One of the main sources of strife between us humans comes from holding too tightly to our opinions; not being willing to hold them loosely when confronted with alternative perspectives.
This is understandably hard, because we barely realize how deeply ingrained our frame of reference is. Erich Fromm writes that people “simply take their own philosophy for granted because to them it is only common sense, and they are unaware that all their concepts rest upon a commonly accepted frame of reference. When such persons are confronted with a fundamentally different total view of life, they judge it as ‘crazy’ or ‘irrational’ or ‘childish,’ while they consider themselves as being only ‘logical.’” (138)
This explains the fear we feel when confronted with an alternative worldview. It feels threatening. We have a deep need for human connection, and our opinions and worldview connect us to others. The alternative worldview threatens the solidarity of our group, or community.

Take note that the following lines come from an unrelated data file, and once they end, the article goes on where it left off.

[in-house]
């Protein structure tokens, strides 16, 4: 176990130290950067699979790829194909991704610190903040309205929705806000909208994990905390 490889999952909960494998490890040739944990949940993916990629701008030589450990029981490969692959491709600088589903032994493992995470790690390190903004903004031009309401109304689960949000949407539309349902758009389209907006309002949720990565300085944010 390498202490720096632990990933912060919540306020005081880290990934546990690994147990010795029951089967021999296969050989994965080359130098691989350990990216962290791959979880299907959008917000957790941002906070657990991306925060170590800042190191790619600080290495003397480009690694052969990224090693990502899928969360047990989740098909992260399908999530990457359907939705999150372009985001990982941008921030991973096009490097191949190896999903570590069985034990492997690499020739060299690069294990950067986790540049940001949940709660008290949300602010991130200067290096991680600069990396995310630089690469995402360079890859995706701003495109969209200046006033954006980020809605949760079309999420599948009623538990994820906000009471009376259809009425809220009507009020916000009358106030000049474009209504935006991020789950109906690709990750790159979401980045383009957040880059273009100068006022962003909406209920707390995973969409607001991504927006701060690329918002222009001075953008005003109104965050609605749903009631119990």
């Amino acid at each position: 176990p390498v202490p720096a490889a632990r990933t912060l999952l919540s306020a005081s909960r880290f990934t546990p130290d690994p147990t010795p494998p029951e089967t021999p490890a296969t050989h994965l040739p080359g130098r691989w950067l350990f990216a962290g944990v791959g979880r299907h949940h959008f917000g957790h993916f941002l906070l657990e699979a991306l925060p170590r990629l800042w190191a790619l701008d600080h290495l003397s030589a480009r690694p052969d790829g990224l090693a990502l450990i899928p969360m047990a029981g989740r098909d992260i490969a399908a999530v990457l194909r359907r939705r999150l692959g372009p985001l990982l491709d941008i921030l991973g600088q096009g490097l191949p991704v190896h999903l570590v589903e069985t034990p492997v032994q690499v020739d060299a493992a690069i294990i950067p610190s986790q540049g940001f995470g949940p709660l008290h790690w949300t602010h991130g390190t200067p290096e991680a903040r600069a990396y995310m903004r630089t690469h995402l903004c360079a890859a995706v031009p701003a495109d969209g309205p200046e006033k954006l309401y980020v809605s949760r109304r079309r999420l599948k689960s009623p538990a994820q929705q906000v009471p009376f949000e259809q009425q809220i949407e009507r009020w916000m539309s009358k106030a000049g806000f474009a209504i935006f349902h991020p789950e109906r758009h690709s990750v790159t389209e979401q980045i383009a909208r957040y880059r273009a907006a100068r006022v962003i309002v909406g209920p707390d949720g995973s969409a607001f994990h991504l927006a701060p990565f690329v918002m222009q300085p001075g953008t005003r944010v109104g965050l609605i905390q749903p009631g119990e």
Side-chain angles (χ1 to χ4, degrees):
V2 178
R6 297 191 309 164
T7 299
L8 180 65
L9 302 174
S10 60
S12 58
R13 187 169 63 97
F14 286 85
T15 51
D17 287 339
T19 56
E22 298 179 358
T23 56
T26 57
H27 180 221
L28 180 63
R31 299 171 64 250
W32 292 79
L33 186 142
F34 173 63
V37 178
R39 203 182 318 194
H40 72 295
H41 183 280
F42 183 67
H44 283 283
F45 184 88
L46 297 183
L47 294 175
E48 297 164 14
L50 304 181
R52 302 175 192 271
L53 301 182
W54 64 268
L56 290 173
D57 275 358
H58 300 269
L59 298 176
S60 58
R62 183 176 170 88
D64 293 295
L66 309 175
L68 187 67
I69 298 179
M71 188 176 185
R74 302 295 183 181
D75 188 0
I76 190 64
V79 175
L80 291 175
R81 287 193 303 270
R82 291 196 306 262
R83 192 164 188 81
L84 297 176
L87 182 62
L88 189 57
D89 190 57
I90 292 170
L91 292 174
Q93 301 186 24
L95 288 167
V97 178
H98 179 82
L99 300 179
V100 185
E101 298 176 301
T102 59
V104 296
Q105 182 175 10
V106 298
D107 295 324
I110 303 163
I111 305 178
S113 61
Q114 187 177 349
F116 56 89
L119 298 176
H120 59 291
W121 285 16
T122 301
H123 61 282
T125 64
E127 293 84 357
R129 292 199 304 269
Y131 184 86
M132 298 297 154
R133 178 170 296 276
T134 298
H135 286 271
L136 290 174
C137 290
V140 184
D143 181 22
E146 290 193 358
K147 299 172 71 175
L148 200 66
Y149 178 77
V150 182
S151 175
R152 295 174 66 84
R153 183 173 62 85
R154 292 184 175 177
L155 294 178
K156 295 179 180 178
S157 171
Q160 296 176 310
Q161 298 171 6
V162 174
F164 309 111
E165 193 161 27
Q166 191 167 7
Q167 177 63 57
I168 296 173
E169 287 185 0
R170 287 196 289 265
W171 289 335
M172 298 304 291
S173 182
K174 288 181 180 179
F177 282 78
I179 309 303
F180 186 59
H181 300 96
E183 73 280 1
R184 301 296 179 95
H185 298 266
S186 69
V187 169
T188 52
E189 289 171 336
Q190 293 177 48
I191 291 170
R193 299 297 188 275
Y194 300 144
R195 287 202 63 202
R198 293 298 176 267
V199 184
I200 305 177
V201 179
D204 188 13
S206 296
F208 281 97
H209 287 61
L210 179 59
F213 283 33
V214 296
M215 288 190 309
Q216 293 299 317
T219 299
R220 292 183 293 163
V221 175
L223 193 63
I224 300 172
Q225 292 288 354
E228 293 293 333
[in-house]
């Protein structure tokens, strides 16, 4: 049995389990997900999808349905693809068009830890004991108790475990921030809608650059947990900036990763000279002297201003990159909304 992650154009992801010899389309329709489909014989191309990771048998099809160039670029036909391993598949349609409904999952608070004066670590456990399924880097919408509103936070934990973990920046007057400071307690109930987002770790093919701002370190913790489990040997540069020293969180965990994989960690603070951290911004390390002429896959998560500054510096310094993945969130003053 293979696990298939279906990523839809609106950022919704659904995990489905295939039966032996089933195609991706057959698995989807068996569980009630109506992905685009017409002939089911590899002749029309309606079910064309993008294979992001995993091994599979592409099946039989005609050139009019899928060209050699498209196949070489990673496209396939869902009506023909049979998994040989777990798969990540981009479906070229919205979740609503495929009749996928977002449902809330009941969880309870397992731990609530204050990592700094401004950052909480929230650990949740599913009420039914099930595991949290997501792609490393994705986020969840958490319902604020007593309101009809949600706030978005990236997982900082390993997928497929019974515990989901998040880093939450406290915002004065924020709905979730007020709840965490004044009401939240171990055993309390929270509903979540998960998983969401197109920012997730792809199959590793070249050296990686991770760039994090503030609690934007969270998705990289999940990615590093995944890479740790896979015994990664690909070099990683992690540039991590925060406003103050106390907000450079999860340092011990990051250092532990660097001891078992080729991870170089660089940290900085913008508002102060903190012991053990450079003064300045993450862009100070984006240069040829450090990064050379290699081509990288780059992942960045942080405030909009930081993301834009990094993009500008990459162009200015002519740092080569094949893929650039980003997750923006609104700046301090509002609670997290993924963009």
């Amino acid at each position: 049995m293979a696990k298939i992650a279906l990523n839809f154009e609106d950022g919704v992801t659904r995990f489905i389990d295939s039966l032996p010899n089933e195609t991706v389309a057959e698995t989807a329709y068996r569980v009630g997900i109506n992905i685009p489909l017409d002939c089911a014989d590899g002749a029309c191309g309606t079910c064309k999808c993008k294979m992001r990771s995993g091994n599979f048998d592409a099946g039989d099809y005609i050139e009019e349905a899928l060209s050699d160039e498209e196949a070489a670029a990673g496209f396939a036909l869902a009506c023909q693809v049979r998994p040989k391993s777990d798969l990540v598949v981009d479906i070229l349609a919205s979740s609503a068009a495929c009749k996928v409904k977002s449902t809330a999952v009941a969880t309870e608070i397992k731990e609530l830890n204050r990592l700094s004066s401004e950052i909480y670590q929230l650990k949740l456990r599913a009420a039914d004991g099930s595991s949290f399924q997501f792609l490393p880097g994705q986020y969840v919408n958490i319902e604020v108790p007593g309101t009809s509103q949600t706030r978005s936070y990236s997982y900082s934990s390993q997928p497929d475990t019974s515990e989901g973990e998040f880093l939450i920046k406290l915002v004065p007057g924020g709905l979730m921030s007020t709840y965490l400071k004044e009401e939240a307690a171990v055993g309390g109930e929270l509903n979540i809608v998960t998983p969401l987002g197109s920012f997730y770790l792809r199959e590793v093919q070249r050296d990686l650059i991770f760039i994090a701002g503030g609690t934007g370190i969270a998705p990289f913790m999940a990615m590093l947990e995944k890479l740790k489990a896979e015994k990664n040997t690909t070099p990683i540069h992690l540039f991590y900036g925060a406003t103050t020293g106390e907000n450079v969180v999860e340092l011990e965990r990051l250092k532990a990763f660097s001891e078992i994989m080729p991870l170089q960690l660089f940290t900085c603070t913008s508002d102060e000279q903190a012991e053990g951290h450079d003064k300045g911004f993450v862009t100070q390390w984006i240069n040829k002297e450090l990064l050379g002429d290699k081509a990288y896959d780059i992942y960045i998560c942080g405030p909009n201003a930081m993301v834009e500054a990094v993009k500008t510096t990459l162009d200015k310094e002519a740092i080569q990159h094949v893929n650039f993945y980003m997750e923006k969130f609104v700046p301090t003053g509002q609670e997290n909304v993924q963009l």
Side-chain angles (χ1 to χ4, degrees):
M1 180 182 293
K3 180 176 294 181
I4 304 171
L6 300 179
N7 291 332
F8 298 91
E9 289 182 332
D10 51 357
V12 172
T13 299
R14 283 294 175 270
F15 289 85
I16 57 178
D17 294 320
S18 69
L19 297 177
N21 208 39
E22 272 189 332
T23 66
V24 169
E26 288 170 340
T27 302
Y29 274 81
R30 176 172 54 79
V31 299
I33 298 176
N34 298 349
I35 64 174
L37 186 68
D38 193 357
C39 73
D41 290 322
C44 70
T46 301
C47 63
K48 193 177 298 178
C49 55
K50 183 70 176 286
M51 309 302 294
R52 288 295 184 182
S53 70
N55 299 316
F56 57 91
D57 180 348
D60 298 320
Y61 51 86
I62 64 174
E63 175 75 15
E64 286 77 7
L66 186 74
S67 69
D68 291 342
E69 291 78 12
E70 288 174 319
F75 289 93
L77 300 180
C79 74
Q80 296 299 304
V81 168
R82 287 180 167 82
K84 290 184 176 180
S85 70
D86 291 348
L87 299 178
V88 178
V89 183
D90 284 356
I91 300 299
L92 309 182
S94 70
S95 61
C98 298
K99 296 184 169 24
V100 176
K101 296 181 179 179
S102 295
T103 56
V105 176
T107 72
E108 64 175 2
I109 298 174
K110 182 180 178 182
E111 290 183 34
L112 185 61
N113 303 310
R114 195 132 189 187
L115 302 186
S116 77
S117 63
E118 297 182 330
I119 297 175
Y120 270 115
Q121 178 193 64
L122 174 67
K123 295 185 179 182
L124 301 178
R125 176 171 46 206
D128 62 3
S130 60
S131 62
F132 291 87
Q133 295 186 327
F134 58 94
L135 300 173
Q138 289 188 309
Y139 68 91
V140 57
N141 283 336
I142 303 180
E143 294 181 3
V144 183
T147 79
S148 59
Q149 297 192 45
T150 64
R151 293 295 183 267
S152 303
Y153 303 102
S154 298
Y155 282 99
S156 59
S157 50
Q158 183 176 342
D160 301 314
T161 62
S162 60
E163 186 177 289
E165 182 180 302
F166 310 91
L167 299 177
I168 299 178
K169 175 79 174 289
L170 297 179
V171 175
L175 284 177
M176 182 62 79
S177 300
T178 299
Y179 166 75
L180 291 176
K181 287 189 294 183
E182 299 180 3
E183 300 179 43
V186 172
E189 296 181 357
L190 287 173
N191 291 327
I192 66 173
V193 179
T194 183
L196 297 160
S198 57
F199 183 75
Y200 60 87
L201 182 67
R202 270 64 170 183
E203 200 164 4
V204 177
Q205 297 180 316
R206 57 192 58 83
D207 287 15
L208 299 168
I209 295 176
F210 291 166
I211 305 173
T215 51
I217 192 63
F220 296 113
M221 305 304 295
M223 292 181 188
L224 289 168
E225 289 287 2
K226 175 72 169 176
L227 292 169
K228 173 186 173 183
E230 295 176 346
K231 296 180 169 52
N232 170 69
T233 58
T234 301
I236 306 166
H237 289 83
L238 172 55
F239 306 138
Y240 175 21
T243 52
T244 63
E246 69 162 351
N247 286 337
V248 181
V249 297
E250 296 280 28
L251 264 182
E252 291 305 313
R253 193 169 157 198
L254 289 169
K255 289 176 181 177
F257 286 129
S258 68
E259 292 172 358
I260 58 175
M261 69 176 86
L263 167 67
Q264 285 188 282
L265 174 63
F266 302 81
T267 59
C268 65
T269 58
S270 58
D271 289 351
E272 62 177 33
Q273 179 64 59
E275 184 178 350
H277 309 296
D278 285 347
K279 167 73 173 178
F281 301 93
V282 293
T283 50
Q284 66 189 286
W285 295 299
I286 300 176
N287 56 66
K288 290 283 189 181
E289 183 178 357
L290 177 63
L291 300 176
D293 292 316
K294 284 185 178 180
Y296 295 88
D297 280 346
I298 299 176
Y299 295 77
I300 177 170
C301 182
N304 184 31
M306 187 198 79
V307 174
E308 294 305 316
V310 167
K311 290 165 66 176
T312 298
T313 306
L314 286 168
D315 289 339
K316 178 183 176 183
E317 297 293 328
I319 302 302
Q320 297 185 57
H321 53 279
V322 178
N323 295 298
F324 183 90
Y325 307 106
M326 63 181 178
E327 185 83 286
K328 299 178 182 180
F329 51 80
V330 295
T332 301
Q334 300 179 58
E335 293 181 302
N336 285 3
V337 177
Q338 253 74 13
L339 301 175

Part of what makes it difficult to entertain alternative perspectives is that we tend to view our opinions as possessions. As things that make us who we are. Fromm writes, “Each is afraid of changing his own opinion, precisely because it is one of his possessions, and hence its loss would mean an impoverishment.” (33)
“Indeed, to one for whom having is the main form of relatedness to the world, ideas that cannot easily be pinned down (or penned down) are frightening–like everything else that grows and changes, and thus is not controllable.” (29)